Title: The big house as home: roots tourism and slavery in the USA
Authors: Jodi Skipper; Suzanne Renee Davidson
Addresses: Sociology and Anthropology, The University of Mississippi, 510 Lamar Hall, University, Mississippi, USA ' Sociology and Anthropology, The University of Mississippi, 510 Lamar Hall, University, Mississippi, USA
Abstract: The dominant discourse preferences the experiences of African Americans who take trips to sites linked to slavery outside of the USA. This paper expands research on roots tourism, by centring the experiences of those who travel to slavery-related sites in the USA. Documenting the case of the Behind the Big House Tour as a response to the Annual Pilgrimage Tour of Historic Homes and Churches in Holly Springs, Mississippi, this study examines evidence for African diasporic roots tourists who acknowledge sites at which their ancestors were enslaved as home sites. Results suggest that this level of acceptance occurs when African Americans come to feel a sense of belonging. The study identifies two general conditions needed to facilitate this process: access to slavery-related sites encouraged by historic site owners or managers and reunion with enslaved ancestors and descendants of those who historically lived and worked at slavery-related sites.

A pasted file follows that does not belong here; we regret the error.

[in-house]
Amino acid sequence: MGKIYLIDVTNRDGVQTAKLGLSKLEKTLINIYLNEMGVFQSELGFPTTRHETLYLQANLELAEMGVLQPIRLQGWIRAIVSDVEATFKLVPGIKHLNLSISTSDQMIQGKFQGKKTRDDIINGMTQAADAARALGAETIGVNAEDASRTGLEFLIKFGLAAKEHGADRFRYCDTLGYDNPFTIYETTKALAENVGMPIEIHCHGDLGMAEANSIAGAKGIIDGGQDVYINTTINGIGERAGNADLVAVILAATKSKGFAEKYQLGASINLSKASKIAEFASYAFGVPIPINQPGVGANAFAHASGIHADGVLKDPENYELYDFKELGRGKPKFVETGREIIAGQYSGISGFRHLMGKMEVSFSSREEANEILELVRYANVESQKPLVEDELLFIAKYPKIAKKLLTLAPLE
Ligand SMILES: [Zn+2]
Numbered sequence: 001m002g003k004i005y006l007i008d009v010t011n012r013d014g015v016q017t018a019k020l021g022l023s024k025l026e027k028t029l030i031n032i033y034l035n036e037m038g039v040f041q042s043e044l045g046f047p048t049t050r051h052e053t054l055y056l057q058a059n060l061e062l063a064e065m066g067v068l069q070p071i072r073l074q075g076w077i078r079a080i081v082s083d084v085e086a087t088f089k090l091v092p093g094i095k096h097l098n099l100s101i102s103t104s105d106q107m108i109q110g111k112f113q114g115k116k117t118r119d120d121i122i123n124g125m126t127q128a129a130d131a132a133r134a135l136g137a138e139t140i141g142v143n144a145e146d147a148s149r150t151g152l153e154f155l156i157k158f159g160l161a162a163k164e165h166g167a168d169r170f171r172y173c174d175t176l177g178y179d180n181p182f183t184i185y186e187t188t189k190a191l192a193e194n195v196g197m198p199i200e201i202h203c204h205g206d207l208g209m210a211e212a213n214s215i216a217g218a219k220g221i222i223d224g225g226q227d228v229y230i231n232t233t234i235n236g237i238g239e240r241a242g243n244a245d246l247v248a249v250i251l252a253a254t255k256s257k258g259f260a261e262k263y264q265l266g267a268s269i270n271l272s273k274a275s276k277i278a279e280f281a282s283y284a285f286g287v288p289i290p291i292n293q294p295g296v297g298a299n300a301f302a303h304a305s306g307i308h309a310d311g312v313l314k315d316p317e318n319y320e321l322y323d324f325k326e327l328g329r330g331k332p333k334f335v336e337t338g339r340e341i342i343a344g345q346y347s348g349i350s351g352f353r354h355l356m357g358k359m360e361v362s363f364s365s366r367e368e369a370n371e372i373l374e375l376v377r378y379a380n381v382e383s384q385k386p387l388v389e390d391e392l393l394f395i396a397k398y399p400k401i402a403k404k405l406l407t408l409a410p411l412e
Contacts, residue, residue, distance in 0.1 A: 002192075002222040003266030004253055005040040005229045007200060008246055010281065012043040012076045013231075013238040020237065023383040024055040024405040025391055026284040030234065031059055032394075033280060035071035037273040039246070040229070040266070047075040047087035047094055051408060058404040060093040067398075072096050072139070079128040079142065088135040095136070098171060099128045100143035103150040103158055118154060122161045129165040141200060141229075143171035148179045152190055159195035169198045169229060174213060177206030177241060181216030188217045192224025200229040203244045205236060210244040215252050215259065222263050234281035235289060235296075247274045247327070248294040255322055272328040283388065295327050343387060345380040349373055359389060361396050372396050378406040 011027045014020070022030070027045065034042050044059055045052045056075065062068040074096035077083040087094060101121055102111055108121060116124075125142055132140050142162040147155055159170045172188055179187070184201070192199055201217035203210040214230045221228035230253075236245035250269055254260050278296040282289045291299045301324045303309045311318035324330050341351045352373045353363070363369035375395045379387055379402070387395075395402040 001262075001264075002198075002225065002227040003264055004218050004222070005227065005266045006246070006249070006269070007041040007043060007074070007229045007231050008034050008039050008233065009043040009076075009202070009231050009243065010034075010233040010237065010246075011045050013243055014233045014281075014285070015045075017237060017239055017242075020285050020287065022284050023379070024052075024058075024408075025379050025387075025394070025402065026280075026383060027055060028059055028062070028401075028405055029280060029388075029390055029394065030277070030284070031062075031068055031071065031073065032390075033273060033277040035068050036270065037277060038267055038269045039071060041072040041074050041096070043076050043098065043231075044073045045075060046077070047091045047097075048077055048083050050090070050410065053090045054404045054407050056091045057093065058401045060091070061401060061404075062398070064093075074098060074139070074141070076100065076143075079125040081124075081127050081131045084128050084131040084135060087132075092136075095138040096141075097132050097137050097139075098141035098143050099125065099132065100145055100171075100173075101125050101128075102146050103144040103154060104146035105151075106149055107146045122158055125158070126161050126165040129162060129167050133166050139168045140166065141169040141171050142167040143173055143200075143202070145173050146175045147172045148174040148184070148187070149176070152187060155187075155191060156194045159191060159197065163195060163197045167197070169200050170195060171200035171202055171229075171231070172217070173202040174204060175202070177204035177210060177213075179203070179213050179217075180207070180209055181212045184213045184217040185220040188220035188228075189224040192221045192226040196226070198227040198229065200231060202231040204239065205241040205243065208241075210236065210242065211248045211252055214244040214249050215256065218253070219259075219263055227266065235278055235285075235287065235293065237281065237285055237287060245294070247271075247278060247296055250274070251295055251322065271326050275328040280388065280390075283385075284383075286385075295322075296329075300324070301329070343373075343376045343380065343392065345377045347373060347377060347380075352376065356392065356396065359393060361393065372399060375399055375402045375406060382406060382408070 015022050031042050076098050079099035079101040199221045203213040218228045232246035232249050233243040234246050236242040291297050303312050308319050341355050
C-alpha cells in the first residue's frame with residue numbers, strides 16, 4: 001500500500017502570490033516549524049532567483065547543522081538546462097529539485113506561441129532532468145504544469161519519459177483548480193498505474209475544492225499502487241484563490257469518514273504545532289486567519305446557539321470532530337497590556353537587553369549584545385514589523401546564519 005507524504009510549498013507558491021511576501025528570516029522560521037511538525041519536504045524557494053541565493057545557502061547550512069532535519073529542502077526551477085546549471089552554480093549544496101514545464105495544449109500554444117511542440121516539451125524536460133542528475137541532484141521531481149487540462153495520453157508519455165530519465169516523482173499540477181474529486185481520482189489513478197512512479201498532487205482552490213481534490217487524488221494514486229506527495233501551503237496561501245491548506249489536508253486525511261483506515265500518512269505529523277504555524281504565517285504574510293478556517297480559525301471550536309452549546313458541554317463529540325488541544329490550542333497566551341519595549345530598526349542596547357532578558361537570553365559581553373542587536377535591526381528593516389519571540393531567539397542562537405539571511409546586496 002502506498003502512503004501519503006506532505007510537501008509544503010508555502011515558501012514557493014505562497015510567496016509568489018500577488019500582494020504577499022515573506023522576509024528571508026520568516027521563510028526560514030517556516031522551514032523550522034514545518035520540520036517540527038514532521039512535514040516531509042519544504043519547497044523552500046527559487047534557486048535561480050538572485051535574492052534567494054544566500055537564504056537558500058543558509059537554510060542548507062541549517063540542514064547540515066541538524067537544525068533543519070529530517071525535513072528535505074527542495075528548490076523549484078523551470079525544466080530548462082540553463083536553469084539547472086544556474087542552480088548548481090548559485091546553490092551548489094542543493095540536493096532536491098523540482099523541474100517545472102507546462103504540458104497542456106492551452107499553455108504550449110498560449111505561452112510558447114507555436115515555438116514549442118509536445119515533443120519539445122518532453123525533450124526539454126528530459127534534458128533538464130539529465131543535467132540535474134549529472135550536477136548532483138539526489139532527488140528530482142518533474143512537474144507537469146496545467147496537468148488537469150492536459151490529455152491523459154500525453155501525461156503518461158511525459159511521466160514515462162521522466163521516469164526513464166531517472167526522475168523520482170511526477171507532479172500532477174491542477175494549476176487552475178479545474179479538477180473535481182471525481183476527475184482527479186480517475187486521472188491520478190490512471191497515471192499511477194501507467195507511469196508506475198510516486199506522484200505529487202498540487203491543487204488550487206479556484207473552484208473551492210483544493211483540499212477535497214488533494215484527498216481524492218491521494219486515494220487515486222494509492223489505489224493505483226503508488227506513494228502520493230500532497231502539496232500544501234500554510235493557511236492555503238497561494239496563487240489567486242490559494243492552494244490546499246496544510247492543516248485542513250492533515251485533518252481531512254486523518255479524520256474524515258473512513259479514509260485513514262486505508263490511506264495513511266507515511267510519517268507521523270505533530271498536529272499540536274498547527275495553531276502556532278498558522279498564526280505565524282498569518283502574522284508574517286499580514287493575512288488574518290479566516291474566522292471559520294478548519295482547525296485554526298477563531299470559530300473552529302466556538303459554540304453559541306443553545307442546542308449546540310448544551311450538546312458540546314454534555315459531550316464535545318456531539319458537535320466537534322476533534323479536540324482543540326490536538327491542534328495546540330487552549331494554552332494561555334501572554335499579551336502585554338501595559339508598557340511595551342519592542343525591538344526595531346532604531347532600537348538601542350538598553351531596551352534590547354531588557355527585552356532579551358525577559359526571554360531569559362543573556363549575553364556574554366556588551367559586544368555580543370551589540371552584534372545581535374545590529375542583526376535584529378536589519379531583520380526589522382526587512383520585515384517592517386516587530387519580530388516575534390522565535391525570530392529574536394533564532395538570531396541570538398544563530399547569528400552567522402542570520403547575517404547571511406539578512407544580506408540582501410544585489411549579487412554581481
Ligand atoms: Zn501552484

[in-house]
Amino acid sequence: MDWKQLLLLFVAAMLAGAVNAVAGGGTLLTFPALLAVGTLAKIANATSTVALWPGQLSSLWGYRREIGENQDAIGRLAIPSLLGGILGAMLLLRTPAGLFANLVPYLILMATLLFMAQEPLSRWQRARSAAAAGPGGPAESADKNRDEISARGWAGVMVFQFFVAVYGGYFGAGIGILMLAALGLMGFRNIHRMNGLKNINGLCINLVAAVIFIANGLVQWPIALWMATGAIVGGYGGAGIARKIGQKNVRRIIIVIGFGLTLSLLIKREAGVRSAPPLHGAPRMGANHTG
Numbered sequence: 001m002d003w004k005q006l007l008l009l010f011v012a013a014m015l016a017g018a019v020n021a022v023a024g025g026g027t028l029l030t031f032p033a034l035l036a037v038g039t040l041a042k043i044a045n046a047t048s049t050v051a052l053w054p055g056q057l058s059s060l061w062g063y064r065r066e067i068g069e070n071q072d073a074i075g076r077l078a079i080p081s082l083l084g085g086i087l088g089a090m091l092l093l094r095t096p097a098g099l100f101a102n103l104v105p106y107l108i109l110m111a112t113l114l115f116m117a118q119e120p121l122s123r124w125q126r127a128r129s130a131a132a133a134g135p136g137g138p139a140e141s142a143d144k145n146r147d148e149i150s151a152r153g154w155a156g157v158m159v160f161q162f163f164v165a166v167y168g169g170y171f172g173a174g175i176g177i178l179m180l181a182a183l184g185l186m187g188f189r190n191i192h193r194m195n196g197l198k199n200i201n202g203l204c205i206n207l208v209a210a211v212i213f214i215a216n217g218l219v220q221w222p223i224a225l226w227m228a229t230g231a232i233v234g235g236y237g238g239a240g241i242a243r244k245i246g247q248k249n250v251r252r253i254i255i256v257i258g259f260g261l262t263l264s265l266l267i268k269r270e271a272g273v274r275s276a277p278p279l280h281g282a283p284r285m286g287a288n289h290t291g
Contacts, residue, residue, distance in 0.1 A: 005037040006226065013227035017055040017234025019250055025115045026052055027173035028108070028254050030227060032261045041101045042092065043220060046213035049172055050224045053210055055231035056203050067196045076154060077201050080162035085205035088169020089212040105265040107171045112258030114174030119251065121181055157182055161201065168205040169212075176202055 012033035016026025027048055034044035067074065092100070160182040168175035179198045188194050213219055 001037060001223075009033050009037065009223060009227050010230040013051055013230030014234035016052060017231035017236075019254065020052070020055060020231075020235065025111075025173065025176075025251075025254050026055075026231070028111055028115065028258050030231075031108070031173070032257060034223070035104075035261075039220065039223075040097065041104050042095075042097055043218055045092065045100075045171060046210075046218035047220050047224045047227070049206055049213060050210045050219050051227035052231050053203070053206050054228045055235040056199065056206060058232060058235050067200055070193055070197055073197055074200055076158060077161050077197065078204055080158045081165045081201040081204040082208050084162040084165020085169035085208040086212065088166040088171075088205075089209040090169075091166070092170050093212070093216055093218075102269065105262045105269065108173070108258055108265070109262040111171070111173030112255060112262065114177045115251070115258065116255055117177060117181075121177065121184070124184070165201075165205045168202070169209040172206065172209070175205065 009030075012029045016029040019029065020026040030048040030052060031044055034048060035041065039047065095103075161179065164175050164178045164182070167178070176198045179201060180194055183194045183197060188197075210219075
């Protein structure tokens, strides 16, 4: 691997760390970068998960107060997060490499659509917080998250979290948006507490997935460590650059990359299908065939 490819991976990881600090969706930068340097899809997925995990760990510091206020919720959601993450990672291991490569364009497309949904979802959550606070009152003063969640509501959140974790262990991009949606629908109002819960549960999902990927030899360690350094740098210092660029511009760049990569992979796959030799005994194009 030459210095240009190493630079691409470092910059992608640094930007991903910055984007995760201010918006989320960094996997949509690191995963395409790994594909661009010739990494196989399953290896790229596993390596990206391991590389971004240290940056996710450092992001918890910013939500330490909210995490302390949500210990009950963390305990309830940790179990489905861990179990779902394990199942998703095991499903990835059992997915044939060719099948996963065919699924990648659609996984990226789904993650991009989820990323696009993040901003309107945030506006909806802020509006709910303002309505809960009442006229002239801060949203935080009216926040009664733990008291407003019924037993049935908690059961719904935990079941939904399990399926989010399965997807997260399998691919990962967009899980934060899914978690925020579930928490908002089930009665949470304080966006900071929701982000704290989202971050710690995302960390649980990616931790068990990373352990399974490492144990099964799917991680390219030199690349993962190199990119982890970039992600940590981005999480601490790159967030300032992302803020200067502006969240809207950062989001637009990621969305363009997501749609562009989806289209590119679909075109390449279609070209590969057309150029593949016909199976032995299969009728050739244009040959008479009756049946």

Keywords: pilgrimage; diaspora tourism; personal heritage tourism; dissonant heritage; contested sites; legacy tourism; roots tourism; sites of memory; identity; race relations; African Americans; USA.
International Journal of Tourism Anthropology, 2018 Vol.6 No.4, pp.390 - 410
Received: 24 Nov 2016
Accepted: 06 Sep 2017
Published online: 27 Nov 2018 *